margin-top: 20px;
    text-align: center;
    text-transform: uppercase;
    font-weight: 900;
}

    h6.background {
        position: relative;
        z-index: 1;
        margin-top: 0%;
        width:85%;
        margin-left:6%;
    }

        h6.background span {
            background: #fff;
            padding: 0 15px;
        }

        h6.background:before {
            border-top: 2px solid #dfdfdf;
            content: "";
            margin: 0 auto; /* this centers the line to the full width specified */
            position: absolute; /* positioning must be absolute here, and relative positioning must be applied to the parent */
            top: 50%;
            left: 0;
            right: 0;
            bottom: 0;
            width: 95%;
            z-index: -1;
        }

this will help you


between line
  • <h6 class="background"><span><br>OUR SERVICES</span></h6> this is the html code – Dominic Amal Joe F Mar 11 '16 at 20:40
  • Joe, you can edit your own answer to add the HTML code - far better than putting it into comments. You should also add some explanation to the answer. – Mogsdad Mar 11 '16 at 20:54
  • Sorry, Mogsdad I forgot to put the html code,that's why I put it here. – Dominic Amal Joe F Mar 11 '16 at 21:22
2

I use a table layout to fill the sides dynamically and 0-height, absolute-position divs for dynamic vertical positioning:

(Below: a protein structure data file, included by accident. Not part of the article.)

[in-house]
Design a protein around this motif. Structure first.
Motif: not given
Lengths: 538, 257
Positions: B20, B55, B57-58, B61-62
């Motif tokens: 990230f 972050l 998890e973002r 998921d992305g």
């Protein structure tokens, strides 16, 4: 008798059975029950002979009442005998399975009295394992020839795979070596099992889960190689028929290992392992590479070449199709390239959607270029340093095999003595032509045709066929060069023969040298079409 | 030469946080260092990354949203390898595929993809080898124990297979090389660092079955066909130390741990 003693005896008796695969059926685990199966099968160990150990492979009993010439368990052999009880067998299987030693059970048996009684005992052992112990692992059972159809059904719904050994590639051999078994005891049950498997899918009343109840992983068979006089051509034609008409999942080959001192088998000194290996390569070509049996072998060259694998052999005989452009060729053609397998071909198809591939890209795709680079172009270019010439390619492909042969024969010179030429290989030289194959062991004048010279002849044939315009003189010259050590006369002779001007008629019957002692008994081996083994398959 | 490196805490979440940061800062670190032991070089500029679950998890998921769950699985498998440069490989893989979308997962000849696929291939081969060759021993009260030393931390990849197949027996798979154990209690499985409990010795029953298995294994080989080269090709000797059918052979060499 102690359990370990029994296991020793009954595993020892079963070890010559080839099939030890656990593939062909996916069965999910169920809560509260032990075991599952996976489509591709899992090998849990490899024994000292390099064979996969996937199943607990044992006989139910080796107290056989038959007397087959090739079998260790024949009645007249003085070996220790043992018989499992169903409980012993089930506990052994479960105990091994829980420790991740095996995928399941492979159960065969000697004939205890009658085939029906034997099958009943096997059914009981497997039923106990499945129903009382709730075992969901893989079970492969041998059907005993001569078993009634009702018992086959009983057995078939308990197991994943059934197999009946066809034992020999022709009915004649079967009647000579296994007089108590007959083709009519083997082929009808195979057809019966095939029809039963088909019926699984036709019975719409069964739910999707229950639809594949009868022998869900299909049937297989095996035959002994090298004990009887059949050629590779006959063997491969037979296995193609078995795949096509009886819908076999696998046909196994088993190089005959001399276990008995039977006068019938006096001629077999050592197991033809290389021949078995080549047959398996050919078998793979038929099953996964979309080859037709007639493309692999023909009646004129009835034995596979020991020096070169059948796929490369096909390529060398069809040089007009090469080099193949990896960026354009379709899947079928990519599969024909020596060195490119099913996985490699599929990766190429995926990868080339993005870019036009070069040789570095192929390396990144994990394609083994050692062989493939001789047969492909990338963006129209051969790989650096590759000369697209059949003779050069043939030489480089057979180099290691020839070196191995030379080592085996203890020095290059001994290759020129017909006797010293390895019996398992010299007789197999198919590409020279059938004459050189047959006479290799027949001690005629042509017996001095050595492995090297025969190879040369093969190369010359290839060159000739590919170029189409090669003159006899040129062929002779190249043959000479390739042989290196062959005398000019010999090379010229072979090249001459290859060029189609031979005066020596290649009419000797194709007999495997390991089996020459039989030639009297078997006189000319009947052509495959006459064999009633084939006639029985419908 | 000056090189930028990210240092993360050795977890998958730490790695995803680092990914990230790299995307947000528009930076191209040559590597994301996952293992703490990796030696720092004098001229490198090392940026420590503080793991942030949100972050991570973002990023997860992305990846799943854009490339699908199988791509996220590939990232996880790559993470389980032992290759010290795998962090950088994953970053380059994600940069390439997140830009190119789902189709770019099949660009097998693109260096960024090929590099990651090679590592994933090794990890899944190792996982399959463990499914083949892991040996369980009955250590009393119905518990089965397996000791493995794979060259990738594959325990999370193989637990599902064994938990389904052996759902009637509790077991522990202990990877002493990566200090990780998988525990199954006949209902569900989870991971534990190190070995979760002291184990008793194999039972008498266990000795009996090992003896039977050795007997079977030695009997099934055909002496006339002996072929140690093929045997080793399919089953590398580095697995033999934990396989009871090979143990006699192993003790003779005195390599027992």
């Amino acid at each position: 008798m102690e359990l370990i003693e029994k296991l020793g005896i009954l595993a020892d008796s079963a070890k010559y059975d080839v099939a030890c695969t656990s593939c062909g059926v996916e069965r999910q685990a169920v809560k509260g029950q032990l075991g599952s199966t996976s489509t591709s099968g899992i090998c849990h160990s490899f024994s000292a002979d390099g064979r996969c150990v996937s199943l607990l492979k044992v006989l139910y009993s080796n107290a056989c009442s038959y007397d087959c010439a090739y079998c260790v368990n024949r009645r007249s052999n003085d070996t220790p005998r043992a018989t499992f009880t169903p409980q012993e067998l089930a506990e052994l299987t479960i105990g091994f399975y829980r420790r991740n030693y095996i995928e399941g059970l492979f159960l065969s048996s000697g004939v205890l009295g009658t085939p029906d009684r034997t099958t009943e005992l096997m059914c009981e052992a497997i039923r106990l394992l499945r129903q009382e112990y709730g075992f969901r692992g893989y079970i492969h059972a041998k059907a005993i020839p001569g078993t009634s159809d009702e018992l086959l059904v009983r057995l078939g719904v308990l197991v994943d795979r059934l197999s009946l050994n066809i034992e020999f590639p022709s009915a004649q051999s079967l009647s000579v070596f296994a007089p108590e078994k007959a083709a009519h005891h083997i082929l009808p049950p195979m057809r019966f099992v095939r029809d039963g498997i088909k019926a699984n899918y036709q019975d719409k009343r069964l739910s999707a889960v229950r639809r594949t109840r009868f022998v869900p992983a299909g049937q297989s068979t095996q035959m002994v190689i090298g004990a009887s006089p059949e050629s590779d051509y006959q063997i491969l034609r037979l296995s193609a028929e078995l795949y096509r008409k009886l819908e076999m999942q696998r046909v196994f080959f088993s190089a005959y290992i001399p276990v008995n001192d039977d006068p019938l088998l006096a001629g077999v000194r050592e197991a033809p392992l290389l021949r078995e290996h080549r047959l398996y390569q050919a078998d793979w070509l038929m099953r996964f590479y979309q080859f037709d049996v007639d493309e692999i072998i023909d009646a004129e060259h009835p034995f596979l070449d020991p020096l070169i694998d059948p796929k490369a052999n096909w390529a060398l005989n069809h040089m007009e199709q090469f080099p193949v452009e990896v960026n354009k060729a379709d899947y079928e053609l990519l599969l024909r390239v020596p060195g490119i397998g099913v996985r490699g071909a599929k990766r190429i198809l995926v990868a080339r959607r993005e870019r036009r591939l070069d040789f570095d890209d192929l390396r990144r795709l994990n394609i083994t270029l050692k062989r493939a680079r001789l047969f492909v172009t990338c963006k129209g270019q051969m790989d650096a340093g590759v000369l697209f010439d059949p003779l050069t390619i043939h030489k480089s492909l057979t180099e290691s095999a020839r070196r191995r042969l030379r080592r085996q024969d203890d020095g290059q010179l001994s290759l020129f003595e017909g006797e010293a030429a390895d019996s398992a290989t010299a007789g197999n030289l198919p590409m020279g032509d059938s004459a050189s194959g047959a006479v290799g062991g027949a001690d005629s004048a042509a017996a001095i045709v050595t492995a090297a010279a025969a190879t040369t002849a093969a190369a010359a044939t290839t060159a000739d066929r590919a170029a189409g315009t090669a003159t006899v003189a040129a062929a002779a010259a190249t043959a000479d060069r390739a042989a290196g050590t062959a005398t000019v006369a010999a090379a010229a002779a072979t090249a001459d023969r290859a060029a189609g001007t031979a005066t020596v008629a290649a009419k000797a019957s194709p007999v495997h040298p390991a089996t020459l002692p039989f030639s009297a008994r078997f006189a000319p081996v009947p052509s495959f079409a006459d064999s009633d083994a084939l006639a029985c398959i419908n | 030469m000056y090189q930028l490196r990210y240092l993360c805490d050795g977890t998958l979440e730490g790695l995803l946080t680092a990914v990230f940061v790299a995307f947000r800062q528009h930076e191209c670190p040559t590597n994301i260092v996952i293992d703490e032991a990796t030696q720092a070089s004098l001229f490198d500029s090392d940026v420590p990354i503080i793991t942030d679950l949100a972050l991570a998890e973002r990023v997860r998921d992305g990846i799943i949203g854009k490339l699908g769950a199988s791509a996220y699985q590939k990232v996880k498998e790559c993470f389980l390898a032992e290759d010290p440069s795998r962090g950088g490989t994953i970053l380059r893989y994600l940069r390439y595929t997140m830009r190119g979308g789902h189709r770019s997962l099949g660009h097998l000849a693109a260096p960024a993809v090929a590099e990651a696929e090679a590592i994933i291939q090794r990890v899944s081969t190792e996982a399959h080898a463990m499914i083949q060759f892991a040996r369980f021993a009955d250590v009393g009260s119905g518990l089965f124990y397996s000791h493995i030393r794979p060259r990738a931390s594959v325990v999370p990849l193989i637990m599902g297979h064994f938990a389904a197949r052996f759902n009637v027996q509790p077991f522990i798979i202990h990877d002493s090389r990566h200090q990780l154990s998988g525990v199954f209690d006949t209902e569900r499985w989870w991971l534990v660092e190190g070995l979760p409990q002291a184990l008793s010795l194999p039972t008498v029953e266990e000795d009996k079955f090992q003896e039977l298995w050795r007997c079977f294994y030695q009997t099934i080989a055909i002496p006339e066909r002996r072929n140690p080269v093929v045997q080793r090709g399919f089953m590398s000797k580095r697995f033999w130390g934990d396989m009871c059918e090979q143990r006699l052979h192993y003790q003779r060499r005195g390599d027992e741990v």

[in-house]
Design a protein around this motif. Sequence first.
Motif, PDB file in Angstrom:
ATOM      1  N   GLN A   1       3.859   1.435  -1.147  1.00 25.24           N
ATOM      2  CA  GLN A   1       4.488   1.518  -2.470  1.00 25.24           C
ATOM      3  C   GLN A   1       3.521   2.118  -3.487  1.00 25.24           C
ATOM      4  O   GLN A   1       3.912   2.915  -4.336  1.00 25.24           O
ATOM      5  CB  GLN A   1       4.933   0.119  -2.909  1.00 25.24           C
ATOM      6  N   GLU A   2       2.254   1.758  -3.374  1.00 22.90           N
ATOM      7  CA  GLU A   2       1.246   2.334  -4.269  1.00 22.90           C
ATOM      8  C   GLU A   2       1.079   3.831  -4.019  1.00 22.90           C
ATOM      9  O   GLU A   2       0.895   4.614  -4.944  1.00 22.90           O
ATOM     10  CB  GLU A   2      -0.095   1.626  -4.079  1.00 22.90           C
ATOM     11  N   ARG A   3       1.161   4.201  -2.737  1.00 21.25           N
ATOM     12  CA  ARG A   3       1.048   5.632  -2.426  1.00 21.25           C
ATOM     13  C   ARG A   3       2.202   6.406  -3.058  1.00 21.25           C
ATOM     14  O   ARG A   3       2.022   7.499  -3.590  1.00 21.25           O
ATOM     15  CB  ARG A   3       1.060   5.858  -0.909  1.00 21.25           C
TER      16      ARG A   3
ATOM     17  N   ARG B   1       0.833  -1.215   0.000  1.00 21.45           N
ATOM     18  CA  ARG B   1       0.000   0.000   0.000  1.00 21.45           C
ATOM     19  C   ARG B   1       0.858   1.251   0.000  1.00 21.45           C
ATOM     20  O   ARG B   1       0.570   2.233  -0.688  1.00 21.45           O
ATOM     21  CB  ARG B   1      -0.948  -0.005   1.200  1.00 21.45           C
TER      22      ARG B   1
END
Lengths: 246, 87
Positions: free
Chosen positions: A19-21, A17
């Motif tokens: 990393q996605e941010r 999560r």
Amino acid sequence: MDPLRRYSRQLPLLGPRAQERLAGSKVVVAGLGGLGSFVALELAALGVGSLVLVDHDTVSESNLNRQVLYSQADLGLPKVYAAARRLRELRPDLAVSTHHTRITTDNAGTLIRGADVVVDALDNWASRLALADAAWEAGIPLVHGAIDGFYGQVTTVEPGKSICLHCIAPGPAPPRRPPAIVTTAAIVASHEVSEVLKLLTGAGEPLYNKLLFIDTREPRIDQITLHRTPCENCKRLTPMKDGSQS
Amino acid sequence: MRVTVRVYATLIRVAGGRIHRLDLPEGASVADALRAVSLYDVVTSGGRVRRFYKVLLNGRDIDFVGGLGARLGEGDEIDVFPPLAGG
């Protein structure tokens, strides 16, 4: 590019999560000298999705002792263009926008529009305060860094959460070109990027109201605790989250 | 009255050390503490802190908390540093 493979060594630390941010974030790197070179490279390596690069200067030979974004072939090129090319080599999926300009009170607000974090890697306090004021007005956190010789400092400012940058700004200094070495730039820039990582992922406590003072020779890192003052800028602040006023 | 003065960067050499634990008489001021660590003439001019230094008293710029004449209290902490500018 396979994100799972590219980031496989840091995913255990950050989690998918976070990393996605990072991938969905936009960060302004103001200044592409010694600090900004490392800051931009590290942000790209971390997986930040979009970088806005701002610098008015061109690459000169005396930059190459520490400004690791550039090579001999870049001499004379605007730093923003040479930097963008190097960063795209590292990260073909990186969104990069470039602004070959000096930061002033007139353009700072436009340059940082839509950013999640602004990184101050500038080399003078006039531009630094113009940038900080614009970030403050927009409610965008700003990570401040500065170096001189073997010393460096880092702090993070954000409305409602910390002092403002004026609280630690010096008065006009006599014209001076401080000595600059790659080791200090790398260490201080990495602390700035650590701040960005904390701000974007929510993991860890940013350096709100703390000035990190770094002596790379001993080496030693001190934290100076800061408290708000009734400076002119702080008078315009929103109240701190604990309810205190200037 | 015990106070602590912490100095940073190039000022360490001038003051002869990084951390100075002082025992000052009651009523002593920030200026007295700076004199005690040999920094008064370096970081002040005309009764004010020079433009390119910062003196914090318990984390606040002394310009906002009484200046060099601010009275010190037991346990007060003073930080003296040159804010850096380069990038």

enter image description here

  • no hard-coded dimensions
  • no images
  • no pseudo-elements
  • respects background
  • control bar appearance

https://jsfiddle.net/eq5gz5xL/18/

I found that a little below true center looks best with text; this can be adjusted where the 55% is (taller height makes the bar lower). The appearance of the line can be changed where the border-bottom is.

HTML:

<div class="title">
  <div class="title-row">
    <div class="bar-container">
      <div class="bar"></div>
    </div>
    <div class="text">
      Title
    </div>
    <div class="bar-container">
      <div class="bar"></div>
    </div>
  </div>
</div>

CSS:

.title{
  display: table;
  width: 100%
  background: linear-gradient(to right, white, lightgray);
}
.title-row{
  display: table-row;
}
.bar-container {
  display: table-cell;
  position: relative;
  width: 50%;
}
.bar {
  position: absolute;
  width: 100%;
  top: 55%;
  border-bottom: 1px solid black;
}
.text {
  display: table-cell;
  padding-left: 5px;
  padding-right: 5px;
  font-size: 36px;
}
2

Not to beat a dead horse, but I was searching for a solution, ended up here, and was myself not satisfied with the options, not least for some reason I wasn't able to get the provided solutions here to work well for me. (Likely due to errors on my part...) But I've been playing with flexbox and here's something I did get to work for myself.

Some of the settings are hard-wired, but only for purposes of demonstration. I'd think this solution ought to work in just about any modern browser. Just remove/adjust the fixed settings for the .flex-parent class, adjust colors/text/stuff and (I hope) you'll be as happy as I am with this approach.

HTML:

.flex-parent {
  display: flex;
  width: 300px;
  height: 20px;
  align-items: center;
}

.flex-child-edge {
  flex-grow: 2;
  height: 1px;